Search Images Maps Play YouTube News Gmail Drive More »
Sign in
Screen reader users: click this link for accessible mode. Accessible mode has the same essential features but works better with your reader.

Patents

  1. Advanced Patent Search
Publication numberUS7694236 B2
Publication typeGrant
Application numberUS 11/186,825
Publication dateApr 6, 2010
Filing dateJul 22, 2005
Priority dateApr 23, 2004
Fee statusPaid
Also published asUS20050283742
Publication number11186825, 186825, US 7694236 B2, US 7694236B2, US-B2-7694236, US7694236 B2, US7694236B2
InventorsPaul A. Gusmorino, Charles Cummins, David G. De Vorchik, Richard M. Banks, Relja B. Ivanovic, Jenny T. Lam, Jason F. Moore
Original AssigneeMicrosoft Corporation
Export CitationBiBTeX, EndNote, RefMan
External Links: USPTO, USPTO Assignment, Espacenet
Stack icons representing multiple objects
US 7694236 B2
Abstract
The features described herein are directed to a method and system for use in a computing environment for representing files stored in stacks by using a stack icon. The stack icon may include multiple thumbnail images as top elements, and may use common characteristics among the files to define the appearance of the stack. The system may also use metadata or file characteristics (e.g., time of last edit, size, etc.) to identify one file for top representation in the stack icon. The system may additionally include an empty stack icon, a generic stack icon, property based icons, and custom thumbnail icons.
Images(11)
Previous page
Next page
Claims(20)
1. Computer-readable media having computer-executable instructions embodied thereon that, when executed, perform method for visually representing a plurality of computer data objects with a stack icon on a display, the method comprising the steps of:
a computing device identifying a first plurality of computer data objects to be visually represented by a stack icon;
determining whether all of the identified objects share at least one of a location in a library, and a file type as a common characteristic, and if said identified objects share a common characteristic, selecting a representative thumbnail image for said common characteristic comprising one of: a default image, a property-based image, and a thumbnail icon image, wherein the property-based image is a default image that includes a numeric designator for indicating a number of items represented by the stack icon, and wherein a default image is selected when a property-based image or a thumbnail icon image is not available;
said computing device generating a stack icon to represent said first plurality of computer data objects, said stack icon having a second plurality of distinct elements corresponding to said first plurality of computer data objects, and having a topmost element that includes said representative thumbnail image for said common characteristic.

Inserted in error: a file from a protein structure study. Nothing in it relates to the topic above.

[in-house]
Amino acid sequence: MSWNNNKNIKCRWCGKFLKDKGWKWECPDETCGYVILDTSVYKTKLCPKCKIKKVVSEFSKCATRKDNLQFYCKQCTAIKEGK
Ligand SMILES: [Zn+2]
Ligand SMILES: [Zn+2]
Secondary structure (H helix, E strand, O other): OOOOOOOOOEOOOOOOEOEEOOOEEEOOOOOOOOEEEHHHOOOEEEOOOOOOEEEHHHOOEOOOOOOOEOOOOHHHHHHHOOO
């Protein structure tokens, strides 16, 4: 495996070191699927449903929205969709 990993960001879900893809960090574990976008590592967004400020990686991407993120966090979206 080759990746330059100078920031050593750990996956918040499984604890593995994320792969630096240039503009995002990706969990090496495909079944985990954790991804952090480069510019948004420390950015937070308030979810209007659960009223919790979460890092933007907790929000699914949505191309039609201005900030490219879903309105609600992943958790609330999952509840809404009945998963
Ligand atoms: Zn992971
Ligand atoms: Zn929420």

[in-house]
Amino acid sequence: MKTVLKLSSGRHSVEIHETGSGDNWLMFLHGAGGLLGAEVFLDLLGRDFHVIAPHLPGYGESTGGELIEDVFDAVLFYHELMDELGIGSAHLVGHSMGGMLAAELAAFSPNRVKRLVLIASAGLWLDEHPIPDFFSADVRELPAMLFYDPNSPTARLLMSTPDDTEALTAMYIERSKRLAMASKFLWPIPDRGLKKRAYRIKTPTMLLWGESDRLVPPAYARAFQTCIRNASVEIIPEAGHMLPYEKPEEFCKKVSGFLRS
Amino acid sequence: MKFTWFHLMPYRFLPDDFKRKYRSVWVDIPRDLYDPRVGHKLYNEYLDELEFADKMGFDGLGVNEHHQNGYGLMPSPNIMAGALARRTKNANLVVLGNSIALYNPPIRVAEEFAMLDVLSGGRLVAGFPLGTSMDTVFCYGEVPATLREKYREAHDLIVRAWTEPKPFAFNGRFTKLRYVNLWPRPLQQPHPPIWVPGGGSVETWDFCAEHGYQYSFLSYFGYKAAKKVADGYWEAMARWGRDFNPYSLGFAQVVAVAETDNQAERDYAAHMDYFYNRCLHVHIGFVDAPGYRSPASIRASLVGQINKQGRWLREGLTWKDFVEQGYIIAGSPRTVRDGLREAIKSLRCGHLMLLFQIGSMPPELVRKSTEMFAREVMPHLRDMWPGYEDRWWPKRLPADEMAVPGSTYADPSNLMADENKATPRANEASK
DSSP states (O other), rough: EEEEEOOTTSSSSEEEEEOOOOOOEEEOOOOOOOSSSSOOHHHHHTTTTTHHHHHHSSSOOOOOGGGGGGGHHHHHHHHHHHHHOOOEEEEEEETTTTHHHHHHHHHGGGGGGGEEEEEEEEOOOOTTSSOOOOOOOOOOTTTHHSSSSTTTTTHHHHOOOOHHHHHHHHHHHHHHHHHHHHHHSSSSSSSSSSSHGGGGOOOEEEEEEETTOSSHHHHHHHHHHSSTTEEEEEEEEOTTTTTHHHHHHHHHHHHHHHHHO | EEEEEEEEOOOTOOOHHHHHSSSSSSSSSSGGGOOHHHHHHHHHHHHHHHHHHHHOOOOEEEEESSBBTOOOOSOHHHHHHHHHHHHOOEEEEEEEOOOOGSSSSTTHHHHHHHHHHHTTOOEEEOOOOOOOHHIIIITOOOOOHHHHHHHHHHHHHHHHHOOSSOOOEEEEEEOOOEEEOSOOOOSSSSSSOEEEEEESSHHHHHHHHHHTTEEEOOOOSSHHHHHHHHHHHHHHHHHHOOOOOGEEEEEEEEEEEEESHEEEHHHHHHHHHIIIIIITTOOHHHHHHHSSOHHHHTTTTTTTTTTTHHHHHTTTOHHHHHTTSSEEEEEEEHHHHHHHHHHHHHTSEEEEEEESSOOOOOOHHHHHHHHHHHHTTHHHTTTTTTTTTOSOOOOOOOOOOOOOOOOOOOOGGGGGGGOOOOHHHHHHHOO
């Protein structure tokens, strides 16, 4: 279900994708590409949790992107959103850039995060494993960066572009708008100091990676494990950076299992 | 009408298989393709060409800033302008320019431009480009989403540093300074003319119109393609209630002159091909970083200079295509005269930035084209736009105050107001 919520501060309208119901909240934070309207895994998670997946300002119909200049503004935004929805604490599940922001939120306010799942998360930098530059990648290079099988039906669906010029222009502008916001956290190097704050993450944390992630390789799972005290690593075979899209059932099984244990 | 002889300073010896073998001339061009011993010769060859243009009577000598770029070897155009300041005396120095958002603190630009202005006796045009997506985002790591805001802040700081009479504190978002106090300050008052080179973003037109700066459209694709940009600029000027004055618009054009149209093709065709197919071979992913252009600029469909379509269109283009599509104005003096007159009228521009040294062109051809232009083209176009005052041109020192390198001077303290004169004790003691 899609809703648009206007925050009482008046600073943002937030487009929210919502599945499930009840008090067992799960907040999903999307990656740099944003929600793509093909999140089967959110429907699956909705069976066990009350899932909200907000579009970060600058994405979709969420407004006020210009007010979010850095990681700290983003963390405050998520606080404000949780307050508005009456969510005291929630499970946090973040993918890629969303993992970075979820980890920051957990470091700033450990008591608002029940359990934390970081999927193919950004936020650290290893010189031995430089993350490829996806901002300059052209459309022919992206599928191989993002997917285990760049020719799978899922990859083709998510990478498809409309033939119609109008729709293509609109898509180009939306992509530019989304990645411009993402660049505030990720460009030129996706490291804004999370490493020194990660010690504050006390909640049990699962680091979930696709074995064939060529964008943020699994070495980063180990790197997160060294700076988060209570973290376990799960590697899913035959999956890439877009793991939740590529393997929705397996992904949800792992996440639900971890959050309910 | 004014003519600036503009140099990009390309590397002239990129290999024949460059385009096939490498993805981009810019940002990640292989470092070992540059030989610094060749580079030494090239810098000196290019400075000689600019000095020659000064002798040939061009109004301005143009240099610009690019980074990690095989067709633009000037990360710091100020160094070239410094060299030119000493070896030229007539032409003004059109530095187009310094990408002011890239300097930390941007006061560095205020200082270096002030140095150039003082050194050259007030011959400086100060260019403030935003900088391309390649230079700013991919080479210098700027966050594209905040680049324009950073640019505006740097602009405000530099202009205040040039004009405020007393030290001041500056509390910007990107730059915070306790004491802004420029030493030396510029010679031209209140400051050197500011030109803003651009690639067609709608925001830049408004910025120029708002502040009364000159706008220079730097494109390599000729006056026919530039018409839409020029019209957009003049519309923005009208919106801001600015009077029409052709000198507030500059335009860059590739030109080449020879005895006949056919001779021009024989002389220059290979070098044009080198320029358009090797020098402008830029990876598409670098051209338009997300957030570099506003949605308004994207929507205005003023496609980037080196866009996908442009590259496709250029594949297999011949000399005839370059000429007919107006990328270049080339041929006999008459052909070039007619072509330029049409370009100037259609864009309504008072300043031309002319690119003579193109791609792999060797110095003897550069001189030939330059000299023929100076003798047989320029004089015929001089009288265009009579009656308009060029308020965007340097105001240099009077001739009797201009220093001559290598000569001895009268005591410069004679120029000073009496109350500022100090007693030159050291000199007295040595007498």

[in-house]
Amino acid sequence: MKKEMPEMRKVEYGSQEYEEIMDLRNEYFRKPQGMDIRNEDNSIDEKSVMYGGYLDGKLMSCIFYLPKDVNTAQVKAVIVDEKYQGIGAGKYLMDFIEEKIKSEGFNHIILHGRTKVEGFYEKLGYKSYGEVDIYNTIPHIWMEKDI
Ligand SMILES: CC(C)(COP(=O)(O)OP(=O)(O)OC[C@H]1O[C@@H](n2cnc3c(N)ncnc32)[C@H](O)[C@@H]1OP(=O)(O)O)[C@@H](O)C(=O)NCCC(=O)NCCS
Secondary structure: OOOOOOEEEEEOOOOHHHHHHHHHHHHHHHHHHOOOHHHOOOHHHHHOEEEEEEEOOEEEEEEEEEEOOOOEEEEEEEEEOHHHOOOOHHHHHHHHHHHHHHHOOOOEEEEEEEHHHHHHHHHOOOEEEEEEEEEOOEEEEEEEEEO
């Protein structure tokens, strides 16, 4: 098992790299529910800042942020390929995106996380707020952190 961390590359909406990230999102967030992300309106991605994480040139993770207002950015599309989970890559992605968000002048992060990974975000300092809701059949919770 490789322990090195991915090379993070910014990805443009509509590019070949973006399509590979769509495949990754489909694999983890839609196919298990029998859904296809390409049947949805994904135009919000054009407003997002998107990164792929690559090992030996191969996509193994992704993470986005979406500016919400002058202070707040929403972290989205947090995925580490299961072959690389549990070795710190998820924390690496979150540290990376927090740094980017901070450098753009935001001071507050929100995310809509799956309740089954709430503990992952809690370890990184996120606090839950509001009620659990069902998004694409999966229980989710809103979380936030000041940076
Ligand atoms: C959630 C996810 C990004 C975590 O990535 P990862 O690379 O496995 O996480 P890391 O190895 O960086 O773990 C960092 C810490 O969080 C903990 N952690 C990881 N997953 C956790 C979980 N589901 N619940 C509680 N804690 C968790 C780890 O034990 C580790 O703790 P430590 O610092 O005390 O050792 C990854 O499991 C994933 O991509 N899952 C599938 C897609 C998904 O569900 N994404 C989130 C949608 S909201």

2. The media of claim 1, wherein said first and second pluralities correspond by an integer ratio.
3. The media of claim 1, wherein said top element depicts the contents of one of said computer data objects in visual form.
4. The media of claim 1, wherein said second plurality of distinct elements are arranged in a layered, stacked orientation in said stack icon.
5. The media of claim 4, wherein said distinct elements are rotated with respect to each other.
6. The media of claim 5, wherein said top element is arranged horizontally.
7. The media of claim 1, wherein said second plurality of distinct elements are superimposed over one or more thumbnail images in said stack icon.
8. The media of claim 1, wherein said data objects are computer files, and said common characteristic is a file type.
9. The media of claim 1, wherein said data objects are audio song files, and said common characteristic is an artist of the songs.
10. A system for visually representing a plurality of computer data objects with a stack icon on a computer display, the system comprising:
an identifying component that identifies a first plurality of computer data objects to be visually represented by said stack icon;
a selection component that selects a representative image for a common characteristic of said first plurality of computer data objects comprising one of: a default image, a property-based image, and a thumbnail image, wherein the property-based image is a default image that includes one or more of a numeric designator that indicates a number of items represented by the stack icon and a file-type overlay that indicates a file type of at least one of the computer data objects in the first plurality, and wherein a default image is selected when a property-based image and a thumbnail image are not available;
a generating component that generates a stack icon to represent said first plurality of computer data objects, said stack icon having a second plurality of distinct elements corresponding to said first plurality of computer data objects; and
a displaying component that displays said stack icon on a computer display, wherein said stack icon includes, as a topmost element in the stack, said representative thumbnail image for said common characteristic.